Sunday mornings were a time to remain in the wonderful land of the unconscious, something I did religiously until now. I could feel the sun streaming in through the window, the fan at the end of my bed since the start of Summer keeping me cool. It took me a few minutes to figure out why my alarm clock was going off at 11:30am. I had to go to Hayden’s.
I glanced at the napkin he had given me Friday night with his address and squeezed my eyes closed. When he and Landon explained that Jacob needed help, my first instinct was to laugh in his face and skip off into the sunset. But then my reasonable side took over and agreed to find out what he needed help with.
My sister saw this as an excellent opportunity, her first words after we got into the car being “You should date Jacob. You help him and he helps you. An eye for an eye.”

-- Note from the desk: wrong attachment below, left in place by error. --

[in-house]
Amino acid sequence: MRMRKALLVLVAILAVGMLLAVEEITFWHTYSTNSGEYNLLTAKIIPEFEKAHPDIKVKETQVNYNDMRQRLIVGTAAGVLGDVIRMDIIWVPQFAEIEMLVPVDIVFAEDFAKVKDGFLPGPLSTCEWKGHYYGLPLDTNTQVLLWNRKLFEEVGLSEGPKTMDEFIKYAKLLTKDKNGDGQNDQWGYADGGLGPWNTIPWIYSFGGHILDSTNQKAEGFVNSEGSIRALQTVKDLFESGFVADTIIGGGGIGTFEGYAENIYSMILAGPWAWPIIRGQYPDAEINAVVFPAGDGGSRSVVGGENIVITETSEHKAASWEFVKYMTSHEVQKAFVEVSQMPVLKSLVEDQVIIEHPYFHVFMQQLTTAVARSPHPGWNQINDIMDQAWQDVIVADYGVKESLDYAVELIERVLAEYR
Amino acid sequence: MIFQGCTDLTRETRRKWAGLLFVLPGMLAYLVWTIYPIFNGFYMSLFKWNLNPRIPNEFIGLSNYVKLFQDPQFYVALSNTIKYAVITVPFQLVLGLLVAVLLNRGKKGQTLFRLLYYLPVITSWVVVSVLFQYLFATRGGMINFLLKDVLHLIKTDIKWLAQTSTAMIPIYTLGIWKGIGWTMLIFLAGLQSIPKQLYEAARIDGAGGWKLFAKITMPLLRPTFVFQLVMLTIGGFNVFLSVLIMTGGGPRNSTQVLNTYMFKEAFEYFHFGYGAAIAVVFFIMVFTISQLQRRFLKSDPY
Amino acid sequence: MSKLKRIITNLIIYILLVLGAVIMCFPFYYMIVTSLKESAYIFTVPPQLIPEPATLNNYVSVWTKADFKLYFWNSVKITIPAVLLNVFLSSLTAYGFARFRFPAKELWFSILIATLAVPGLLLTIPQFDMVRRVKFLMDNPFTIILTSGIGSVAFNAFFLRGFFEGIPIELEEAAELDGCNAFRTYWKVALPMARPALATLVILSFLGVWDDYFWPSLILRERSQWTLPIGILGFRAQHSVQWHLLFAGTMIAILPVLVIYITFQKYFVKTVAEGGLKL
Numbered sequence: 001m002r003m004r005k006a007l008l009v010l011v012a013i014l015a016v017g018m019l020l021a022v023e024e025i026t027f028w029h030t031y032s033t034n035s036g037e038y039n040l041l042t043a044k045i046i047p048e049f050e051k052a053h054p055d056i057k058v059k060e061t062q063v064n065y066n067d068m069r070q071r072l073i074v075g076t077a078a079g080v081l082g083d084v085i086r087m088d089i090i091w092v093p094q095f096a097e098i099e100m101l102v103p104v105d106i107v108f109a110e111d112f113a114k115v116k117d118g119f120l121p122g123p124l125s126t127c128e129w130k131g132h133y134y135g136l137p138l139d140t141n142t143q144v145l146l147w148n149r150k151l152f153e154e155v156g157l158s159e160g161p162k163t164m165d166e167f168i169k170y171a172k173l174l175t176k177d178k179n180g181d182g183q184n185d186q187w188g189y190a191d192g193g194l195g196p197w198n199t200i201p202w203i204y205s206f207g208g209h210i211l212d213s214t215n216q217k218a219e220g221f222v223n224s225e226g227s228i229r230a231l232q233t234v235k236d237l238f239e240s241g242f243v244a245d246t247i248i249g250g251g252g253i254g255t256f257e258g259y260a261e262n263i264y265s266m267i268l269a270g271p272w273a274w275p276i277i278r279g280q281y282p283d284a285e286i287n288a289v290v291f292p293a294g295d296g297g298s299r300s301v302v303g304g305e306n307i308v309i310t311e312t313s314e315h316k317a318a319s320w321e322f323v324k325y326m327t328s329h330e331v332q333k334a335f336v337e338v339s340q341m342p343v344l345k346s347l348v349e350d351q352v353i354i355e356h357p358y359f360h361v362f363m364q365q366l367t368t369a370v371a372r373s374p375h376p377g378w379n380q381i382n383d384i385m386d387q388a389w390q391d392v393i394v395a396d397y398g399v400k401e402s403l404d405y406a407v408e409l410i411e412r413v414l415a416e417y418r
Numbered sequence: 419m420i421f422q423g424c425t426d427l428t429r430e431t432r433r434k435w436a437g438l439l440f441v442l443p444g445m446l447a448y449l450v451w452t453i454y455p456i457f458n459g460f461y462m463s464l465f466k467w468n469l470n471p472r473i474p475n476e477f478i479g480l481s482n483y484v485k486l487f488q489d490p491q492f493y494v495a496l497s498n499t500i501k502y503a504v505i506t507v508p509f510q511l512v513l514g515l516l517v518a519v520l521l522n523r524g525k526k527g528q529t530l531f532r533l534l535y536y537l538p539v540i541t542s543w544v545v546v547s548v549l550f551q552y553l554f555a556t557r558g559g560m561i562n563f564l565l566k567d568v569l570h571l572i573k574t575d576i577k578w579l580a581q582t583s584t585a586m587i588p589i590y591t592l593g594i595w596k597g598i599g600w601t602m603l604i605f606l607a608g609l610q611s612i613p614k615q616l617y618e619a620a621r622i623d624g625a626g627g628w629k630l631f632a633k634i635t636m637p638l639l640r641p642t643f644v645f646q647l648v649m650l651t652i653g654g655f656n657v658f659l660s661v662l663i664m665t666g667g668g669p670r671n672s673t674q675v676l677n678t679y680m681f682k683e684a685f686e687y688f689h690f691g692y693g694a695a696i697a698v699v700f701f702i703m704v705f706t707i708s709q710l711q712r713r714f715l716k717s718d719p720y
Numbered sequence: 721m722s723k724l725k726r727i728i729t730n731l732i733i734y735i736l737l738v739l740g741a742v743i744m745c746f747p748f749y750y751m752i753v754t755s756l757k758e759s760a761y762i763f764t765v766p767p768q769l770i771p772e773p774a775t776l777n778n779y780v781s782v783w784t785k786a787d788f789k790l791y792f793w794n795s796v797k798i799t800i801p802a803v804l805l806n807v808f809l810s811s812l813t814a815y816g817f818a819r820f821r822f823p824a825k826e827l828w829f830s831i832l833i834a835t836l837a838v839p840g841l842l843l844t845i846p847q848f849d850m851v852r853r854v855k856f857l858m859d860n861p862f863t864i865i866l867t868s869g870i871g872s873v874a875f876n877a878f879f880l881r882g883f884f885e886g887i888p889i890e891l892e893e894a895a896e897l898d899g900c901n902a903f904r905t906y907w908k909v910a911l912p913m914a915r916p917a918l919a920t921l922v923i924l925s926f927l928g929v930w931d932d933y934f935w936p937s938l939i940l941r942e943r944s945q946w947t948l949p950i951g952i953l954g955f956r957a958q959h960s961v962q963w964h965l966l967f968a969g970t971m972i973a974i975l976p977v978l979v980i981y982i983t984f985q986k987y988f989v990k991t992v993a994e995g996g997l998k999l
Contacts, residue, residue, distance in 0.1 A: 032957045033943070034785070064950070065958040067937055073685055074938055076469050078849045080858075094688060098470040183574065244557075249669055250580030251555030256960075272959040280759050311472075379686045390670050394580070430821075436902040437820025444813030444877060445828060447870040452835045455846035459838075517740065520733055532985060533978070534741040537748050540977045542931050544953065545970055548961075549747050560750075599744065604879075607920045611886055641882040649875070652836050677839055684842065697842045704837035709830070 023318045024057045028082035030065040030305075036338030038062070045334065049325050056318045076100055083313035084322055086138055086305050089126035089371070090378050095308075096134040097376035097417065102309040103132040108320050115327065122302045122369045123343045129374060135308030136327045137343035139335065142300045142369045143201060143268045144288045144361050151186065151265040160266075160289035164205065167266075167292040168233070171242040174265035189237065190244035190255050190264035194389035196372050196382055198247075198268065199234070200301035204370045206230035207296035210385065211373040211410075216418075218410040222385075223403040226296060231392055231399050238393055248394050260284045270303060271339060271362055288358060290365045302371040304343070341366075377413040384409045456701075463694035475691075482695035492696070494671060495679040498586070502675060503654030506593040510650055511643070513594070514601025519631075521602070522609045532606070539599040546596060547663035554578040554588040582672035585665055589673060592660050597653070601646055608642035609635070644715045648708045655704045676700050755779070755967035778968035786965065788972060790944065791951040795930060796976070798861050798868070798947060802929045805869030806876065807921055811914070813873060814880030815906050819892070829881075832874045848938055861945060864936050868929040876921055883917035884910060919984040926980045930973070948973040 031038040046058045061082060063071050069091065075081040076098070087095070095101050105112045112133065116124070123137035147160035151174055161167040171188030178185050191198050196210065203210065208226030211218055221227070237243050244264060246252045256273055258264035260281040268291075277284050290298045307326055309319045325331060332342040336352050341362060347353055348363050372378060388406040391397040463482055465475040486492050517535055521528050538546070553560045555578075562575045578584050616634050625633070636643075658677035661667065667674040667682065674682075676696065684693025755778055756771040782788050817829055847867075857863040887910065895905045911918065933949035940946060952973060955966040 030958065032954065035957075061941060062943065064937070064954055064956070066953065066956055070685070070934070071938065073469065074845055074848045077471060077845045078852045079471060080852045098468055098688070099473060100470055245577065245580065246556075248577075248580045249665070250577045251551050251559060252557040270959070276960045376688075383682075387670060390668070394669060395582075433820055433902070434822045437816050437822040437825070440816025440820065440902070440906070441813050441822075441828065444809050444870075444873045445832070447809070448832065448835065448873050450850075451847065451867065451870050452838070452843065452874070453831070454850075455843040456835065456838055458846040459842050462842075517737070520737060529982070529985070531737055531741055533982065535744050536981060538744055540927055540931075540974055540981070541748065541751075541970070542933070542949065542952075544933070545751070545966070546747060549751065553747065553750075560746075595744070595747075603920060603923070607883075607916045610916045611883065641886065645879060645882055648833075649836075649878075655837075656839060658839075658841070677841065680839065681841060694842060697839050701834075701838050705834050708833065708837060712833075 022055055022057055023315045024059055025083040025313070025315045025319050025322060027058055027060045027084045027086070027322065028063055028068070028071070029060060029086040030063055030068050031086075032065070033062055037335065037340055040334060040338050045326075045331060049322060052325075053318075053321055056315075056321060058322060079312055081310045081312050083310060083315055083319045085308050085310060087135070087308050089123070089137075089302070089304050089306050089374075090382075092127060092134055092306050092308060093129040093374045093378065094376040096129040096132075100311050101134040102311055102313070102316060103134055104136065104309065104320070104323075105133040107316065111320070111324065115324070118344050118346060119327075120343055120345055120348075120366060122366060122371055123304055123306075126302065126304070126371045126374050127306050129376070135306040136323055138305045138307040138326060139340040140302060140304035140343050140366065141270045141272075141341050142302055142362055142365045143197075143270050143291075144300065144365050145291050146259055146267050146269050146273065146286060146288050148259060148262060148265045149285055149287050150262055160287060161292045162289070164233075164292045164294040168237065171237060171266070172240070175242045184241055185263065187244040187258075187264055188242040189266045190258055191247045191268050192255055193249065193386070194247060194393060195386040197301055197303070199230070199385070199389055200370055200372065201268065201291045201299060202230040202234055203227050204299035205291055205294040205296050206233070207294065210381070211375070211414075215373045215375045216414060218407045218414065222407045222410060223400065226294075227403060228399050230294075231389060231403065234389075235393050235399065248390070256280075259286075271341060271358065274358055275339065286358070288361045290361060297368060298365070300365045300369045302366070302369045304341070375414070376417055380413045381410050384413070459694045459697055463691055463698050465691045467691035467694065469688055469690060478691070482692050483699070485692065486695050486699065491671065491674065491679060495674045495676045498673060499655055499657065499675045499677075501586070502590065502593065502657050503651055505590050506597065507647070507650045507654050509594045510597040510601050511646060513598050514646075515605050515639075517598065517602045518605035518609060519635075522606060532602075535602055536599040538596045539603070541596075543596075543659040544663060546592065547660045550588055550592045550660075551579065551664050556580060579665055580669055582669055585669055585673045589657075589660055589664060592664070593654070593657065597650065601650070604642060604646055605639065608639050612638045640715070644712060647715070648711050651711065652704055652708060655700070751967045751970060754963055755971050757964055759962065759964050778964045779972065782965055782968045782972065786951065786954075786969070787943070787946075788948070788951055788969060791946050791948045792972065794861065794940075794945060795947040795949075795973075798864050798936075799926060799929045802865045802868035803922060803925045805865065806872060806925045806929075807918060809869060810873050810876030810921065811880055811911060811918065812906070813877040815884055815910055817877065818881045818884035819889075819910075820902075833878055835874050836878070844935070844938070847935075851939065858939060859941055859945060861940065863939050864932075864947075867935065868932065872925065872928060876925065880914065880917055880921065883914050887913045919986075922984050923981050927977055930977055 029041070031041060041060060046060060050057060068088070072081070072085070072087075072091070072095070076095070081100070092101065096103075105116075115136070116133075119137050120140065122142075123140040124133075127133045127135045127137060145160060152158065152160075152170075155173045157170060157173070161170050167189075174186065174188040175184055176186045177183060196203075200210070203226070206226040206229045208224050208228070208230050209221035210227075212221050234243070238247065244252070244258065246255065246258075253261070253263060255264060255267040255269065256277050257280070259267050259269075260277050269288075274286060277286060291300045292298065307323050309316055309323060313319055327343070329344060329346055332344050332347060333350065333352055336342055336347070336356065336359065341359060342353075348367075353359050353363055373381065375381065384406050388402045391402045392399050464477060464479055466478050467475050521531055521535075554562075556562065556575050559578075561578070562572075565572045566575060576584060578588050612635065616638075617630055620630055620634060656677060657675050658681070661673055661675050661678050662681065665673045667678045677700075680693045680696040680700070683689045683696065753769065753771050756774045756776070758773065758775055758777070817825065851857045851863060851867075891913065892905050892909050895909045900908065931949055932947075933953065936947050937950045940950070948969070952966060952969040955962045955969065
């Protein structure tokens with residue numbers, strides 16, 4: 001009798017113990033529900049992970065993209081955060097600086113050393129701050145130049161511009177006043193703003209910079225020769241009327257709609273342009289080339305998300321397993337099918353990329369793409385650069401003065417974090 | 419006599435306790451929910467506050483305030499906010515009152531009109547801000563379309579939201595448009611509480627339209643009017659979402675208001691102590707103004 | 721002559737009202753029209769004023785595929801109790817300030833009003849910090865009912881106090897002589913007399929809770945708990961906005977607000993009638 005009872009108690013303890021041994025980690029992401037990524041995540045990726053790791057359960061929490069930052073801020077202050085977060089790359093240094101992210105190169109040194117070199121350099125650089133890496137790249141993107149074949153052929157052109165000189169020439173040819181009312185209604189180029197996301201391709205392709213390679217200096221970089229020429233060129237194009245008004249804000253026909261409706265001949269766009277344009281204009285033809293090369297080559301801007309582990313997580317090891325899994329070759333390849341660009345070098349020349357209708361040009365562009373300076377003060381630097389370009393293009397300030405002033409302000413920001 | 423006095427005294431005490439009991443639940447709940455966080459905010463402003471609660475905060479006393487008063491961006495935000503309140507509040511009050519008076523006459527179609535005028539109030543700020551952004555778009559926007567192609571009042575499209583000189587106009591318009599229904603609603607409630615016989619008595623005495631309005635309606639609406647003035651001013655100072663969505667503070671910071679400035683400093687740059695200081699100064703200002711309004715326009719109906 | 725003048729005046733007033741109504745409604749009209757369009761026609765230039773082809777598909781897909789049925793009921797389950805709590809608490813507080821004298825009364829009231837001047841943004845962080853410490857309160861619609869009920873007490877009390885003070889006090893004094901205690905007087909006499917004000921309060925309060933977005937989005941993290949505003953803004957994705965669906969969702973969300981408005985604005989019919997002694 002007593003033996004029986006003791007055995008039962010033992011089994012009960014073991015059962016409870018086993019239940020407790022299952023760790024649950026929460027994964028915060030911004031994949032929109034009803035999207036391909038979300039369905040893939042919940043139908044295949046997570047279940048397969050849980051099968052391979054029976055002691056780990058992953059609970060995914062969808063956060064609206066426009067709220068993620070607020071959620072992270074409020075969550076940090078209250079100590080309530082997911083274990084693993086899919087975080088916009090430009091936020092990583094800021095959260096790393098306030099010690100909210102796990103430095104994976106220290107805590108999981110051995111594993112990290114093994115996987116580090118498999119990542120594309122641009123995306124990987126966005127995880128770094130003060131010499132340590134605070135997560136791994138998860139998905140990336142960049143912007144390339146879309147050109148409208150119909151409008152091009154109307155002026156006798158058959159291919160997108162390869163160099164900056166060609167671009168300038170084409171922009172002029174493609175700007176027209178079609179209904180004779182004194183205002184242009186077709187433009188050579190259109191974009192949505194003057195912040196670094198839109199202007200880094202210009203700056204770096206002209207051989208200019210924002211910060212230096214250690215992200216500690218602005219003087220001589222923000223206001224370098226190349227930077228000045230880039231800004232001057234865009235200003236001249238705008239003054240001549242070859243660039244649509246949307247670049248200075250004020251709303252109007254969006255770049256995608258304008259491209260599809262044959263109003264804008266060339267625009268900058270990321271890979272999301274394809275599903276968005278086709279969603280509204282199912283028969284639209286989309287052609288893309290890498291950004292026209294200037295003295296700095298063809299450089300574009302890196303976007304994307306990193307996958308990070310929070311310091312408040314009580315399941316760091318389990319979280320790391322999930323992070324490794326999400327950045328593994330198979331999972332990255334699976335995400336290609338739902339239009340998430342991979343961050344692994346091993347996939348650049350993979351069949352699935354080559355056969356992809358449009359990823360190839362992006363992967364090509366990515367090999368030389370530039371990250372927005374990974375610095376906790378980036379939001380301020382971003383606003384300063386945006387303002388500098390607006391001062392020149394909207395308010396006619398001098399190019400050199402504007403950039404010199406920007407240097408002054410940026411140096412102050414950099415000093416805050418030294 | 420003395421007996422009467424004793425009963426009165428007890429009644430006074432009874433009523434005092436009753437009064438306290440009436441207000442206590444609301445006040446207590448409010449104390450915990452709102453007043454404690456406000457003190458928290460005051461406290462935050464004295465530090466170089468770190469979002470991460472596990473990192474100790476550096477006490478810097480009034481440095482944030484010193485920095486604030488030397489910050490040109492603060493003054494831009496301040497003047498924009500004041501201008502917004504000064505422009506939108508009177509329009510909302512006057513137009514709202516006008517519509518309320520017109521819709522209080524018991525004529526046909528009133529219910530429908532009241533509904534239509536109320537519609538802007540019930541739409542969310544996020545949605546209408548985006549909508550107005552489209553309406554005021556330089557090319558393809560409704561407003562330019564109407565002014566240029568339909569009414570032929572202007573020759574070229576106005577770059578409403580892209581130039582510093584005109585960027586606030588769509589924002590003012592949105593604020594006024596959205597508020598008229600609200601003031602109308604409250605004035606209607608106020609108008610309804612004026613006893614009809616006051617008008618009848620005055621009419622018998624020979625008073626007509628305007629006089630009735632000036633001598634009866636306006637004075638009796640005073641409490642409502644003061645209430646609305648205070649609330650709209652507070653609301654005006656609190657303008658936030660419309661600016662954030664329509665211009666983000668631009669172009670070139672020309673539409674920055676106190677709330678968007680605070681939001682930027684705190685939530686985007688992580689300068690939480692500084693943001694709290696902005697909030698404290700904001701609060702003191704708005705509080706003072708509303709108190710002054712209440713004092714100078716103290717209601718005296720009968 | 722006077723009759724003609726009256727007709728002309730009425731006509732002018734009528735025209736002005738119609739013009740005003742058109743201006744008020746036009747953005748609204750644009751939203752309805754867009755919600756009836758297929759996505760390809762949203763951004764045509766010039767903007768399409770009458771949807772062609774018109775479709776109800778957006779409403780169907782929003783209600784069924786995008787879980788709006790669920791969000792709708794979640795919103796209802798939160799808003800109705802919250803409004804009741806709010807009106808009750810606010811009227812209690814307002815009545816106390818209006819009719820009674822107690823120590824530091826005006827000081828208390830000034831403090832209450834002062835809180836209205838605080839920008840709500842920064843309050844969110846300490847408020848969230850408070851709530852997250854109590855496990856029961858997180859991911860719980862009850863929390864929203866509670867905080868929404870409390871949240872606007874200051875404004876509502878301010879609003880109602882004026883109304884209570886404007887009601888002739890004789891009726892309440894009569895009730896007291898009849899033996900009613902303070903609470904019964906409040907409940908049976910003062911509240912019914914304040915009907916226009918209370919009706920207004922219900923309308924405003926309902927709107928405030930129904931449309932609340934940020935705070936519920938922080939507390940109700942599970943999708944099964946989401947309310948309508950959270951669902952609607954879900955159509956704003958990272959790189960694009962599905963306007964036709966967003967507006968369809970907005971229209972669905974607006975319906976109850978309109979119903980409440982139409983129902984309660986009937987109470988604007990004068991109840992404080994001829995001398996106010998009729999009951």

The thought made me want to be sick. The only plus side I could see to it was that he wouldn’t start liking me. Not that I thought I was a desirable person, but spending a lot of time together seems to have people like each other. It was pretty damn clear that wasn’t going to happen.
I padded across to my window in my sweats and crop, sitting on the sill and soaking up the sun that filtered in through my window. I unlocked the hatch and pushed open my window, letting one leg dangle on the outside of the house. The air was so fresh, with the smell of cut grass filling my nose.
I don’t know how long I stayed there, listening to the sounds of Sunday, as quiet as if it were six o’clock in the morning. Peaceful was the only fitting description.
Parker came and got me some time after midday, breaking me out of my relaxation and rushed me to get ready. Apparently I didn’t have much time. I showered and let my thick hair run straight down my back. I threw on a pair of high-waisted shorts and a white singlet, lacing up my black connies as I made my way to the door.